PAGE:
Last November, I asked you to help your parents or grandparents enroll in the new
Medicare Part D prescription drug plan. You'll be paying for the plan through your future tax dollars, so you might as well help your loved ones participate!
Jan. 1 was "D" day for the 43 million senior citizens who qualify for the new prescription drug benefits. But by the end of 2005, only about 6 million or 7 million had actually been enrolled, with most of them joining through the "auto-enrollment" program that primarily took care of seniors who are also on Medicaid.
It's time to check to make sure the seniors in your family have signed up. They have until May 15 to pick a plan. After that, the monthly premiums will rise, and so will the aggravation.
The Jan. 1 launch came with mixed results. Medicare officials held a press conference late last week and faced a barrage of questioning by reporters from across the country, each telling horror stories of seniors who couldn't get their medicines and of pharmacists who waited on telephone lines for hours trying to get confirmations of eligibility.
Officials promised that glitches would be straightened out in a matter of days, and said new resources were being made available to pharmacists to check enrollments.
The entire process has been a difficult one, especially for seniors, who are understandably anxious about the changes. Seniors who enrolled in a plan received a letter of authorization. They must present that letter to the pharmacist, who uses that information to bill the correct plan.
But many low-income seniors were automatically enrolled in one of their state's plans. Some didn't understand the process -- or never received the letter of authorization.
Pharmacists had problems, too. The government is keeping a computerized database of those who have signed up for plans. If the senior doesn't present a card or an acknowledgement letter, pharmacists must make calls to cross-check the database to see which plan the senior is enrolled in before dispensing prescriptions.
With at least 7 million new enrollments, many at the very end of the year, there was bound to be confusion for a few days. That's small consolation to those who were turned away because of lack of coverage and couldn't afford to pay for their drugs.
Many seniors, though, are delighted with the new program. Rose Marie Clark is one of them. At first she was one of those "glitches." She and her husband joined the BlueCross BlueShield of Illinois plan at the same time, but while he received his acknowledgement letter, hers was missing. She contacted Blue Cross customer service, and the problem was quickly resolved.
Clark went to her pharmacy this week and gave me a delighted report: "I normally spend $538 for a three-month supply of my drugs. But this time it cost only $278. And these weren't even generic drugs." Previously, she had no prescription drug coverage. And even with her $27.77-per-month premium, she figures she'll come out far ahead, saving at least $700 this year on the drugs she takes.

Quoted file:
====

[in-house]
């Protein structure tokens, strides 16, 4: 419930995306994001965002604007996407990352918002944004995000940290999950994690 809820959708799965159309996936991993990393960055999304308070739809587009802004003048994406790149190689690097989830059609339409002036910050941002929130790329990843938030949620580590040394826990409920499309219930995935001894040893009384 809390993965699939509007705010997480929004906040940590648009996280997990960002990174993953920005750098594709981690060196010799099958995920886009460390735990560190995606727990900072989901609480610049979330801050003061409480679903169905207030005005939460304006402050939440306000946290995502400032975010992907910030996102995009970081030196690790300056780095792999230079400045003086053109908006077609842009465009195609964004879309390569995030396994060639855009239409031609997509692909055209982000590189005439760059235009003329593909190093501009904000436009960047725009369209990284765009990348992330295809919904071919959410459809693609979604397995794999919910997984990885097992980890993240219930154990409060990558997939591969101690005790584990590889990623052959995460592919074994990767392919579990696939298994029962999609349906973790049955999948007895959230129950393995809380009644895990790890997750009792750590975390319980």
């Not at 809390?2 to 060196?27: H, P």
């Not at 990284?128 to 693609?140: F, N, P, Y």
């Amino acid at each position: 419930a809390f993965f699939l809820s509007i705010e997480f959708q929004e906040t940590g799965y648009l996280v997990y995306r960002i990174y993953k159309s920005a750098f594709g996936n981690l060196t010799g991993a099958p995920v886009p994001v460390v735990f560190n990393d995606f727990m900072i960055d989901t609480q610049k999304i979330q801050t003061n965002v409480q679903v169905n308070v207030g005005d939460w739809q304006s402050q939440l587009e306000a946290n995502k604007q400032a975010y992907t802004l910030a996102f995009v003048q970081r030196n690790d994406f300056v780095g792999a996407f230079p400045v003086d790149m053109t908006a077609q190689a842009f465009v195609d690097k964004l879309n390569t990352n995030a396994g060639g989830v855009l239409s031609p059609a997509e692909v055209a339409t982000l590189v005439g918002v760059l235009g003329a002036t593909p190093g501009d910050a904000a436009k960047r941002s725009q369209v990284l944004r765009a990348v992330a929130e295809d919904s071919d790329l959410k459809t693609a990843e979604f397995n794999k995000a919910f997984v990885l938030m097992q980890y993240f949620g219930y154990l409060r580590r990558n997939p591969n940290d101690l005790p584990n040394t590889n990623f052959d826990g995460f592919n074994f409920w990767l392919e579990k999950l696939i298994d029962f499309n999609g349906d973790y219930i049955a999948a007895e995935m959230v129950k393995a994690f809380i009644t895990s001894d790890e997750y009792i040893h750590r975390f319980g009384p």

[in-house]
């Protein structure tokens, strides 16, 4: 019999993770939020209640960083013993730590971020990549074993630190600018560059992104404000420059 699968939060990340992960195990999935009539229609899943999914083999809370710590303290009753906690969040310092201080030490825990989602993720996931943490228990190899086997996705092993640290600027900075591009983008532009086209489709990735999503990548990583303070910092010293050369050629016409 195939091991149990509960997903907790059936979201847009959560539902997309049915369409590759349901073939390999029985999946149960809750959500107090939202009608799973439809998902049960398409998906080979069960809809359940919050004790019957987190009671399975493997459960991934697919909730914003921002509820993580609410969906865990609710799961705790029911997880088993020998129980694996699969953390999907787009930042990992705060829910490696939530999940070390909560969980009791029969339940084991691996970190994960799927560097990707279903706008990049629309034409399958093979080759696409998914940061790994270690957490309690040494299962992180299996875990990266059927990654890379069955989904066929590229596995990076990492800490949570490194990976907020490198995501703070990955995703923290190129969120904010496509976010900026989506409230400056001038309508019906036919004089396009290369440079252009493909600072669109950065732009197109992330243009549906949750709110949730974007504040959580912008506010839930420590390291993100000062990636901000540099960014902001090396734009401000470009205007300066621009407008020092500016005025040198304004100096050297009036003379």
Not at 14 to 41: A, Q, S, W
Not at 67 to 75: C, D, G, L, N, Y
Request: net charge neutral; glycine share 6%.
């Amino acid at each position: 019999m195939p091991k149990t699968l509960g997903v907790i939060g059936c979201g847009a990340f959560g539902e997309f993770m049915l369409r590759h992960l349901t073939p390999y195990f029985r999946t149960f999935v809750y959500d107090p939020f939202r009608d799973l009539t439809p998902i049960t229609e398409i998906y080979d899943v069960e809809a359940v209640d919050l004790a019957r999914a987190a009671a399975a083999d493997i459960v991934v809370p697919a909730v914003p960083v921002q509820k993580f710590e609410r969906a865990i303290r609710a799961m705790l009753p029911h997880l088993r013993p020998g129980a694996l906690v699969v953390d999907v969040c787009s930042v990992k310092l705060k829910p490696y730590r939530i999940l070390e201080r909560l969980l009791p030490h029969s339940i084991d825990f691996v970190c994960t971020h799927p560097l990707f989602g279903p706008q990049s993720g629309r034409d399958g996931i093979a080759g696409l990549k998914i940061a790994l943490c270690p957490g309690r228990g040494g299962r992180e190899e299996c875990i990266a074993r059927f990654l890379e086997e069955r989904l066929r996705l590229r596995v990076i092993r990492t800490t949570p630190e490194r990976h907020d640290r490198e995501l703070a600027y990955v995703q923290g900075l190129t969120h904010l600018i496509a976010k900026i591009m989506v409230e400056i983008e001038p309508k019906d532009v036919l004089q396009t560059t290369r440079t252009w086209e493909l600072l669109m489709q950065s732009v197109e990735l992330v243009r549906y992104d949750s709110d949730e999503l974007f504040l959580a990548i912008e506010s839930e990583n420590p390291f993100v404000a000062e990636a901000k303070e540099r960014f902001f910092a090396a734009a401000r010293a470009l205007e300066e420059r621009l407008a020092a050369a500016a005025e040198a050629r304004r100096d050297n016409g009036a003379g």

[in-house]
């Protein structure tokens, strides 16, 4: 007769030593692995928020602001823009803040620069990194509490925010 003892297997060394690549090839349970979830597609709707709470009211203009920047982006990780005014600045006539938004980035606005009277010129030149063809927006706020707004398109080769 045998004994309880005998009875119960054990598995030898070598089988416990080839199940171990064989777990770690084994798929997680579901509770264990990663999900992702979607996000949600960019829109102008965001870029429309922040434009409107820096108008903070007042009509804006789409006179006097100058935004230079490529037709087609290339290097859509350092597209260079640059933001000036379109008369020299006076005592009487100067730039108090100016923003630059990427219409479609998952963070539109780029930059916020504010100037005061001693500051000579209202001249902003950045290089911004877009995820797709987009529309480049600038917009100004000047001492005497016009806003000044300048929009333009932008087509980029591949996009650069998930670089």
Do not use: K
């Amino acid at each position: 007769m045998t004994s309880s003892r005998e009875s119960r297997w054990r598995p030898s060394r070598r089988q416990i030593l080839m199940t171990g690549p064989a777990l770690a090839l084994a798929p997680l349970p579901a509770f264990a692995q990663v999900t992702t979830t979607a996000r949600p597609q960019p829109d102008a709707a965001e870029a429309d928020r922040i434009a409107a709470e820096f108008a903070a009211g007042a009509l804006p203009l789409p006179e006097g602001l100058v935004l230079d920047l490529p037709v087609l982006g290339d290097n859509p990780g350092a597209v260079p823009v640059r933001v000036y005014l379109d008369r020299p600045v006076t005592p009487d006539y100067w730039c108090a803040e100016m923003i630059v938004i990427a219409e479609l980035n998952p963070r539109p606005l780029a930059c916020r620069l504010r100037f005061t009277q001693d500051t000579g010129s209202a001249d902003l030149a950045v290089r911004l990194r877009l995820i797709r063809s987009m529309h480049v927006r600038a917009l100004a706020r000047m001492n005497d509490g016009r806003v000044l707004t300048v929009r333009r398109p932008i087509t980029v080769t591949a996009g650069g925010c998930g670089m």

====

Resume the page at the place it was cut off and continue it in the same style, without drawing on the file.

Here are a few tips for seniors in your family:
Even if they don't take prescription drugs right now, seniors should sign up for a plan. The odds are that they'll eventually need medicine, and the penalty for a late sign-up is costly.
The only reason not to sign up is if your company or union has a retiree medical plan and has sent a letter saying your coverage is as good as or better than the new Part D plan.
Those who have VA drug coverage can enroll in both plans.
Remind the seniors in your family that it's important to double-check their medicines, dosages and the prices they are charged when they start buying under the new Part D plan. Some seniors on Medicaid found that the government hadn't updated their low-income status to the database. They were asked to pay more than expected for their prescriptions. If this happens, keep the receipts, and the plan will reimburse you when the issues are sorted out.
By now, most of the immediate issues at the pharmacists' counter have been resolved with 24-hour support service to the Medicare database. But if you are a senior, or know a senior, who is still confused or unable to get prescriptions at the promised prices, you should call 800-MEDICARE. They promise to resolve all issues quickly -- and we'll see if that's the Savage Truth.
Terry Savage is an expert on personal finance and also appears as a commentator on national television on issues related to investing and the financial markets. Savage's personal finance column by the Chicago Sun-Times is nationally syndicated, and she released her fourth book, The Savage Number: How Much Money Do You Need? in June 2005. Savage also was the first woman trader on the Chicago Board Options Exchange and is a registered investment adviser for stocks and futures. A Phi Beta Kappa graduate of the University of Michigan, Savage currently serves as a director of the Chicago Mercantile Exchange Corp. She also has served on the boards of the McDonald's and Pennzoil corporations.